Course Title: Preventing Violence Against Women.
Part A: Course Overview
Course Title: Preventing Violence Against Women.
Credit Points: 12.00
Course Coordinator: Assoc Prof Anastasia Powell
Course Coordinator Phone: +61 3 9925 3566
Course Coordinator Email: firstname.lastname@example.org
Course Coordinator Location: 37.04.07
Course Coordinator Availability: Email, or by appointment
Pre-requisite Courses and Assumed Knowledge and Capabilities
This course assumes students have successfully completed foundational knowledge in one of: criminology, criminal justice, legal and dispute studies, international development, social work, youth work, or social science. Students without this assumed knowledge should consult the course coordinator prior to enrolling in this course.
Primary prevention refers to efforts at stopping violence before it occurs, by addressing its underlying causes. Research has frequently identified gender inequality, as well as other intersecting inequalities, as the driving factors underlying violence against women in our community. This course offers an introductory understanding of:
I) the role of gender and intersecting inequalities in driving violence against women;
II) national, state and territory policy guiding Australian primary prevention efforts;
III) Case studies in good practice;
IV) Primary prevention program design and evaluation; and
V) Advocacy in primary prevention.
The course is structured to equip students with the knowledge to design activities directed at the prevention of violence against women (PVAW) in key settings including: media, education, workplaces, and sports. Students will build on this knowledge to propose their own PVAW program in a selected setting of their choice.
Objectives/Learning Outcomes/Capability Development
Upon successful completion of this course you will be able to:
CLO 1: Deconstruct and reflect on the role of gender inequality and other intersecting inequalities in driving violence against women.
CLO 2: Critically examine and apply theories of socio-cultural, socio-structural, community and organisational change to the problems of gender inequality and violence.
CLO 3: Develop critical analyses of, and propose activities for, the primary prevention of violence against women.
In this course you will develop the following program learning outcomes:
- Communicate effectively and professionally using a range of modes and genres suitable for stakeholders including women, children, families, bystanders, statutory agencies, government and other professionals
- Develop appropriate ethical responses to contemporary social and policy issues relevant to domestic and family violence problems
- Apply reflective practice and case management skills in assessing domestic and family violence situations, while demonstrating social and cultural sensitivity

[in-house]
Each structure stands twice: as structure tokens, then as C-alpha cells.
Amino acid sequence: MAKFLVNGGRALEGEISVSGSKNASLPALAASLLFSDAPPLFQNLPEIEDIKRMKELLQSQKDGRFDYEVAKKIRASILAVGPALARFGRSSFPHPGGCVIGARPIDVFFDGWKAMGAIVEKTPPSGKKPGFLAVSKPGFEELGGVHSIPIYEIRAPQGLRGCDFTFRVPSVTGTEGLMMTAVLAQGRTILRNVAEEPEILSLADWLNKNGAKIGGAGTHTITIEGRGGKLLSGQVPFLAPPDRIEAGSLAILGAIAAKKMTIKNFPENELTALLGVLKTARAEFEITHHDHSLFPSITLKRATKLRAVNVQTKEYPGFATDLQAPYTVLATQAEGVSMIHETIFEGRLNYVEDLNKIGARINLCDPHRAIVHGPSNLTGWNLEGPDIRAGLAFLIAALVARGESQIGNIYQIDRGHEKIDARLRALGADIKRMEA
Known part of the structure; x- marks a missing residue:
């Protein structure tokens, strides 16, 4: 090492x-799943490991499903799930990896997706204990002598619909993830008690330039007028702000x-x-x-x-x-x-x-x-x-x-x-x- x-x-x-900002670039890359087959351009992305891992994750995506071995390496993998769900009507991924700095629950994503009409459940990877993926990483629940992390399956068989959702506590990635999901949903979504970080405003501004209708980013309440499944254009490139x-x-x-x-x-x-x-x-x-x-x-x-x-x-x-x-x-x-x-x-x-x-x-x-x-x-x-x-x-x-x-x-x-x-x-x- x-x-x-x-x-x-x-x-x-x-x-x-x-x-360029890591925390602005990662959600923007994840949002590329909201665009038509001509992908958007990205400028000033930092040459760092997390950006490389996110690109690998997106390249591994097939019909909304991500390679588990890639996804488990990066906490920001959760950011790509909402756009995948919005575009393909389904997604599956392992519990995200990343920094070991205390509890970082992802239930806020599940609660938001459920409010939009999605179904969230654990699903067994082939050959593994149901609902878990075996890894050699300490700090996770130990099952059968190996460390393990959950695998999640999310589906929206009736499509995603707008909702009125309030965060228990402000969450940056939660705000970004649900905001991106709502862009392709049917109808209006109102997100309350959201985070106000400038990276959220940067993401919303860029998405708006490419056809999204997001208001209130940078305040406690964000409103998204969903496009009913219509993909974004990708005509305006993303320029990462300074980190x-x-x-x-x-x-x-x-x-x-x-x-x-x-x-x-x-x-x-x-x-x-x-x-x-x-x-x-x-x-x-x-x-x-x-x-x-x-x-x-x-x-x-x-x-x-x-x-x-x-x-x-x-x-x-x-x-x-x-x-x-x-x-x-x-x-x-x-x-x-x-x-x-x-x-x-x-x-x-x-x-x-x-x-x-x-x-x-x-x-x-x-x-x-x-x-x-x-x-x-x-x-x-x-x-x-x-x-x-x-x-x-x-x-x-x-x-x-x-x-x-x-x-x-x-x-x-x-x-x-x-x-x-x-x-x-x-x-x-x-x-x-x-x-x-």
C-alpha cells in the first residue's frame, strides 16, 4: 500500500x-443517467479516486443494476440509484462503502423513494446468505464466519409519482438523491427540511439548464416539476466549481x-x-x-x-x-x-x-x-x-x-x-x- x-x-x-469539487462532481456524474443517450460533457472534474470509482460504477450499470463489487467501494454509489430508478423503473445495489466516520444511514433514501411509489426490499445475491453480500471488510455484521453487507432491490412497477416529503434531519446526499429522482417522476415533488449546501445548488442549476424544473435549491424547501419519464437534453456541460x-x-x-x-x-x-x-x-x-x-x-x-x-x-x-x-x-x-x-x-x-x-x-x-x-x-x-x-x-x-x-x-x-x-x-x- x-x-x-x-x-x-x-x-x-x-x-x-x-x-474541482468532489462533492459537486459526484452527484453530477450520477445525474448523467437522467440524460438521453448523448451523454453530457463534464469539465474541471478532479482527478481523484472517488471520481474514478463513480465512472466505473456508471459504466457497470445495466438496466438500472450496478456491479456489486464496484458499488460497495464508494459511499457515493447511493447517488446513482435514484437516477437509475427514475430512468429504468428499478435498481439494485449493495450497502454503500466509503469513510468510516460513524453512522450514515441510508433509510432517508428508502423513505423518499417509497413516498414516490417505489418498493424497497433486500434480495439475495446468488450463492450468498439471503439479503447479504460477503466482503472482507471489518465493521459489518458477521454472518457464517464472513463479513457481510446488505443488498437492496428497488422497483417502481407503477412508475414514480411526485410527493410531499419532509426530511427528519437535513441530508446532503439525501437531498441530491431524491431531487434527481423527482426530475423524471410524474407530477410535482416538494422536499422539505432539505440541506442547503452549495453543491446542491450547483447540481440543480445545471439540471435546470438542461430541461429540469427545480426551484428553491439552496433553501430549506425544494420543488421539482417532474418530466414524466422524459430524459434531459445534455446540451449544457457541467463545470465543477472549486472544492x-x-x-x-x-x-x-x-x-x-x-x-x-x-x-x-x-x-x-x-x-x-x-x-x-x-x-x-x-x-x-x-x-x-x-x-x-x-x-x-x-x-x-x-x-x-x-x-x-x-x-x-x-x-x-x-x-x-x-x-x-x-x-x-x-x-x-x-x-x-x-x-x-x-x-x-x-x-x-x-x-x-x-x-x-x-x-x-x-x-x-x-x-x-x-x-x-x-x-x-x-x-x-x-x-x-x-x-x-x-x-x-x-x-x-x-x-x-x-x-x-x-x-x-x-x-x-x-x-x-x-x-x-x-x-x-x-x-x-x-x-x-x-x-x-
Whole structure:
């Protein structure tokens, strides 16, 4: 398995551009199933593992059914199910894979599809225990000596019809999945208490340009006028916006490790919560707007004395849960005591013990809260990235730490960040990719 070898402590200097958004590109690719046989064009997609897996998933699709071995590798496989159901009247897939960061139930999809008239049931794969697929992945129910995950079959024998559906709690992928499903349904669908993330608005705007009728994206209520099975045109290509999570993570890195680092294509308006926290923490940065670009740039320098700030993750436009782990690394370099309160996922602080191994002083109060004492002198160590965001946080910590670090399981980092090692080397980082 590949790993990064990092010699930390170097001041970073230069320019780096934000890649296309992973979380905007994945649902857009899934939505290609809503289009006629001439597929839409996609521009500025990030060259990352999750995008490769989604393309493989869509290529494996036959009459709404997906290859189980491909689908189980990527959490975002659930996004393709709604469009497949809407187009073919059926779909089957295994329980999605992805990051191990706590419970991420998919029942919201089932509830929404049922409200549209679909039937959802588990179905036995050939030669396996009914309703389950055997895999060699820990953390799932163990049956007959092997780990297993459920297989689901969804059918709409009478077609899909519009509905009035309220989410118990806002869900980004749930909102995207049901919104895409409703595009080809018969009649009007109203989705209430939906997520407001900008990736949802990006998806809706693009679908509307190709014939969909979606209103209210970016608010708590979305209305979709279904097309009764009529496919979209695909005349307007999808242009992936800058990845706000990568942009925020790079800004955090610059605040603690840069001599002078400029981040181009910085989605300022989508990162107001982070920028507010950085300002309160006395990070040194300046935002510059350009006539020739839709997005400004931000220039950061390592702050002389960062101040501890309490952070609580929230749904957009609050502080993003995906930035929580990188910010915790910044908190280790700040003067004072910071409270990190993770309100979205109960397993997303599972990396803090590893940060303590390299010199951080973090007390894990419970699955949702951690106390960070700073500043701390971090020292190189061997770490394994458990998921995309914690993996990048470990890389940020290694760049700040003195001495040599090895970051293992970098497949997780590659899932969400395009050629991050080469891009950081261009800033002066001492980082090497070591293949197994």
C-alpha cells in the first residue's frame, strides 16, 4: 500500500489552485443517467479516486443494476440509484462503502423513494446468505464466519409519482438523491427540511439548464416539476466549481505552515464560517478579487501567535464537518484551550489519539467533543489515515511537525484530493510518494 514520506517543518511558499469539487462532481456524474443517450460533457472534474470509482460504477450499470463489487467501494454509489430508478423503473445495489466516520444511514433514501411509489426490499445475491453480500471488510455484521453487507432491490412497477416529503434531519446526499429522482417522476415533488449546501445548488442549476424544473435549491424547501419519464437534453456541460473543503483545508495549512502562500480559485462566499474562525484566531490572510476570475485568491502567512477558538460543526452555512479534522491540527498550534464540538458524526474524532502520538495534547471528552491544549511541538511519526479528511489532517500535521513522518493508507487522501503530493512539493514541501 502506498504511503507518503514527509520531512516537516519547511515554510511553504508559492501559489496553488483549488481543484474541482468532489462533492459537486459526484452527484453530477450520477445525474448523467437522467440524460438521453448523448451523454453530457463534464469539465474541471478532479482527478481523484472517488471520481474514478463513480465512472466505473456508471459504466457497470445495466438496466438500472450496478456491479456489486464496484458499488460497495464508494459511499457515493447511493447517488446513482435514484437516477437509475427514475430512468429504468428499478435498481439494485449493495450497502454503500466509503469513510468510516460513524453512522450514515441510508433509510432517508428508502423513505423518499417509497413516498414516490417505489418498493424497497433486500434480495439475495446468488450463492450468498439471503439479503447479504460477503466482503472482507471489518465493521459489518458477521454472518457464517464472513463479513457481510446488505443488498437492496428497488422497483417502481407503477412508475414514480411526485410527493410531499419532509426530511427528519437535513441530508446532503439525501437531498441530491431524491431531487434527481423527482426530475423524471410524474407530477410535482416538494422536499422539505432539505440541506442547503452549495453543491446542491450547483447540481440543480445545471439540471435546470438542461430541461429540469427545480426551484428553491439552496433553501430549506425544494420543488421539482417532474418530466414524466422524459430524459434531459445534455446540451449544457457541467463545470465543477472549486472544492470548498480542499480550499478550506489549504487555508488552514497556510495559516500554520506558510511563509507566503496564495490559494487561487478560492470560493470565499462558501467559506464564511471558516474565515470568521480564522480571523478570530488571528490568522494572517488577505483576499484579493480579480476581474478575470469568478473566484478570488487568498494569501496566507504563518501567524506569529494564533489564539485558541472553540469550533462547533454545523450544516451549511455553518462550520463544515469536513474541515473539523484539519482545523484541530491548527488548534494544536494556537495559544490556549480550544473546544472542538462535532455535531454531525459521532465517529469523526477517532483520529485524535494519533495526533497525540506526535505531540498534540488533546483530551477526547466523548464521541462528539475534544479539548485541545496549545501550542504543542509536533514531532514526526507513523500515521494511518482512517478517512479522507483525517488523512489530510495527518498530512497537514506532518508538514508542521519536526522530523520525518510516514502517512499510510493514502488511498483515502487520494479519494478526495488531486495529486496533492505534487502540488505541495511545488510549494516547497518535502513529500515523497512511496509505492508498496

- Design and conduct respectful and inclusive professional practice and scholarly projects relating in responding to and preventing domestic and family violence
Overview of Learning Activities
Learning activities will include interactive workshop activities focusing on group-based discussion and problem solving tasks. Course learning materials will be made available in a range of formats, which may include lectures, guest speakers and online media.
In order to develop your knowledge and skills, you will be expected to participate in interactive discussions and activities and to critically engage with the weekly reading materials. The workshops offer a supportive learning environment where you will have the opportunity to share your knowledge and experiences, and to learn from the knowledge and experience your peers. This peer-based learning may take place through small-group discussions, collaborative work on activities and assessments and/or peer reviewing of research, written work and/or oral presentations.
Overview of Learning Resources
You will be given access to a wide range of resources through weekly set readings, available online via the course site and RMIT Library, as well as a wide range of online learning resources and extended content. These resources will include book chapters, journal articles, media articles, lecture notes, bibliographies for supplementary reading, video, and links to external websites.
Overview of Assessment
You will be assessed on how well you meet the course’s learning outcomes and on your development against the program learning outcomes.
Feedback will be given on all assessment tasks.
Assessment will include:
Assessment One: Literature Review on Evidence-Based Practice in PVAW in a selected setting (40%). Assesses CLO 1 and 3.
Assessment Two: A ‘Program Pitch’ (20%). Assesses CLO 3.
Assessment Three: PVAW Program Design & Evaluation Proposal in a selected setting (40%), Assesses CLOs 1, 2 and 3.
If you have a long term medical condition and/or disability it may be possible to negotiate to vary aspects of the learning or assessment methods. You can contact the program coordinator or the RMIT Equitable Learning Service if you would like to find out more: https://www.rmit.edu.au/students/support-and-facilities/student-support/equitable-learning-services
A student charter http://www.rmit.edu.au/about/studentcharter summarises your responsibilities as an RMIT student as well as those of your teachers.
Your course assessment conforms to RMIT assessment principles, regulations, policies, procedures and instructions which are available for review online: http://www1.rmit.edu.au/browse;ID=c15i3ciaq8ca